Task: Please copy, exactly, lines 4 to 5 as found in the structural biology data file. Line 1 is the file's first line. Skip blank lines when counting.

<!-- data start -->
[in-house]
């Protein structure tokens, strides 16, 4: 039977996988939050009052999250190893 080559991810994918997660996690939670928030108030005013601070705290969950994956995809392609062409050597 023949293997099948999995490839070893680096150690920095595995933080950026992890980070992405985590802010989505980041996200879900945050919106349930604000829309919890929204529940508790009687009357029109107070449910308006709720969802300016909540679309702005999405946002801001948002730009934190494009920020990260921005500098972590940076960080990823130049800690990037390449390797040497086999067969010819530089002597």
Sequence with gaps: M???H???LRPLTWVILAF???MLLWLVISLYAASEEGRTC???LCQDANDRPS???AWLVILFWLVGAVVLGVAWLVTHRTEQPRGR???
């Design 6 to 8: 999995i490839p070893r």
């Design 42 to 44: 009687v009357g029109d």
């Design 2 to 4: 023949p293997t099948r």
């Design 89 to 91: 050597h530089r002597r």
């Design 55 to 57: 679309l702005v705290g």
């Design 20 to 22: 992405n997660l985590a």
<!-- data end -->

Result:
């Design 6 to 8: 999995i490839p070893r």
């Design 42 to 44: 009687v009357g029109d």